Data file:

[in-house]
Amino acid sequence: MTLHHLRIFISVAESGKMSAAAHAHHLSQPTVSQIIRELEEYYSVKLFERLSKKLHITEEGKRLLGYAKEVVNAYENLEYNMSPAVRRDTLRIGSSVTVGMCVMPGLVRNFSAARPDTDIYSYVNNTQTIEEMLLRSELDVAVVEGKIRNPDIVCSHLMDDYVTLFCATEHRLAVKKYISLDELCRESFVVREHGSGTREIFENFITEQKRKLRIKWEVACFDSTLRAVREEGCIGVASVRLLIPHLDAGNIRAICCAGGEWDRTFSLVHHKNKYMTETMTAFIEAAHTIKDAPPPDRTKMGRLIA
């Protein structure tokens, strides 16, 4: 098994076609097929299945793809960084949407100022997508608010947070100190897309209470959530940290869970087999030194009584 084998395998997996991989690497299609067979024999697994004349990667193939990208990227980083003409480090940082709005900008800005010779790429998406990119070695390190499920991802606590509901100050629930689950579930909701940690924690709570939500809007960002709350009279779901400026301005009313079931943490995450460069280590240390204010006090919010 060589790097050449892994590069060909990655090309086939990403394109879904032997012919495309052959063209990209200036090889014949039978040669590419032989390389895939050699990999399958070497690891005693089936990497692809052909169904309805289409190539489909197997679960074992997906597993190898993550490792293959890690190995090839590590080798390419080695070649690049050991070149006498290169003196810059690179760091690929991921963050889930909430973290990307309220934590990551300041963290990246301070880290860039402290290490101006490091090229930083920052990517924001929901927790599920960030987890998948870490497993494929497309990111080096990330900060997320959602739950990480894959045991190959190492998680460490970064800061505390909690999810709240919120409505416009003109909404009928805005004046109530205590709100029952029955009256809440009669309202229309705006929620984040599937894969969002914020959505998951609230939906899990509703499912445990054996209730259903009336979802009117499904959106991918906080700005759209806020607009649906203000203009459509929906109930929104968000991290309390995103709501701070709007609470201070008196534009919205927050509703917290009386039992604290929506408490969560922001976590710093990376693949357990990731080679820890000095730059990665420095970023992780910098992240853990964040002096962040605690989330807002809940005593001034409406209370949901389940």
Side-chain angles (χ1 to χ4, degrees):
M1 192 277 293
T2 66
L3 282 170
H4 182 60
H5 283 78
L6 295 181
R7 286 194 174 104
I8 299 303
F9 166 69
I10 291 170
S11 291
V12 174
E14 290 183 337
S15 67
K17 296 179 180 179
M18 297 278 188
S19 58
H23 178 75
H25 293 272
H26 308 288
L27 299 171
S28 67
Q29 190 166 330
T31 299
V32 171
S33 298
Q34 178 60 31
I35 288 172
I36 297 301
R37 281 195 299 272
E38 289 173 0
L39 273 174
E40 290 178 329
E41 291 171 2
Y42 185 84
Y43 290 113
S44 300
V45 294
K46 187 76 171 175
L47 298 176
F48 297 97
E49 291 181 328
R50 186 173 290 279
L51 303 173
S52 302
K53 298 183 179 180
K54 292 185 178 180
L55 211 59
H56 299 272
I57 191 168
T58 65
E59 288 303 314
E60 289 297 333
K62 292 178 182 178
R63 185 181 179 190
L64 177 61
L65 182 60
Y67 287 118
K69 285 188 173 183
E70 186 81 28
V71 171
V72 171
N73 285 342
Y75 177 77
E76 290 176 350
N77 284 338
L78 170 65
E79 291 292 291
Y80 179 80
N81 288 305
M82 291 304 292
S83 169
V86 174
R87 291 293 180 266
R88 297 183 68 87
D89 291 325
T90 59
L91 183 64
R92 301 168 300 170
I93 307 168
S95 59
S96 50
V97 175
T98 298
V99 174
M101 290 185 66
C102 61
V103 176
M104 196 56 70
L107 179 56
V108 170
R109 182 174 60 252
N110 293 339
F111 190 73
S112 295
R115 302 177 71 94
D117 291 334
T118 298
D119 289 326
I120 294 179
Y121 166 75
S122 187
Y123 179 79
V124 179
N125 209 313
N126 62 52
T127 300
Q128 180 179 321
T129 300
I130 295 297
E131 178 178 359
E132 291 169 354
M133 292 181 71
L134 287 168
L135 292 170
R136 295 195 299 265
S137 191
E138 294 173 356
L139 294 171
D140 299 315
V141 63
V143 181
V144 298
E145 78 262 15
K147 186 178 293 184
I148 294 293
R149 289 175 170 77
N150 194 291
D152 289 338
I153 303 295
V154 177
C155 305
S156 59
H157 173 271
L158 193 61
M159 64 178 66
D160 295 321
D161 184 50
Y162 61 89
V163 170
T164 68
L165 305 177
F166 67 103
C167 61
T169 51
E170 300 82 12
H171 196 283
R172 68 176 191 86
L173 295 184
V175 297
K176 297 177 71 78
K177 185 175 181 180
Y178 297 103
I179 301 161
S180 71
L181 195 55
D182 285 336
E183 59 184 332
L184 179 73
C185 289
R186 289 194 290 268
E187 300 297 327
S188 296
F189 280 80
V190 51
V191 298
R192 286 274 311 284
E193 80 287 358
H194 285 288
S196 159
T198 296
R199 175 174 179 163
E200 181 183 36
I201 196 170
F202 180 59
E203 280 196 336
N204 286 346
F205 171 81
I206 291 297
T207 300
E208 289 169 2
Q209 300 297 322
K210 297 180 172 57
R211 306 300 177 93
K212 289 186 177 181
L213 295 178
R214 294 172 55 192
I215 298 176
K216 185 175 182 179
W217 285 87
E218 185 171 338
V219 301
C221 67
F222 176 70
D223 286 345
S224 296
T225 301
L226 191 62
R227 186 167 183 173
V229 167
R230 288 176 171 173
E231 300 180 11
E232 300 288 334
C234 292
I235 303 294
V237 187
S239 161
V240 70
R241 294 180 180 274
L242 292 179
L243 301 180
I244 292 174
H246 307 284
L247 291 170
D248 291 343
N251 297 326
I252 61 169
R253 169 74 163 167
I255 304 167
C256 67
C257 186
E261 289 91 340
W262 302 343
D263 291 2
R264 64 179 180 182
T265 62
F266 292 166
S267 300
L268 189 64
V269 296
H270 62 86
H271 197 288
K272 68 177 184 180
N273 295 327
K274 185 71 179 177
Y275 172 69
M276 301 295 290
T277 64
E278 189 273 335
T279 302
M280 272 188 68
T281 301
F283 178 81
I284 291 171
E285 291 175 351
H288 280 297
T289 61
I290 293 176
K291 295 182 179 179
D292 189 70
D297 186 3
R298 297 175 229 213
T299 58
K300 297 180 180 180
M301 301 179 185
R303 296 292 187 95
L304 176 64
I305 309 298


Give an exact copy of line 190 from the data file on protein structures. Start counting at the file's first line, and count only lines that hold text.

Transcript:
L213 295 178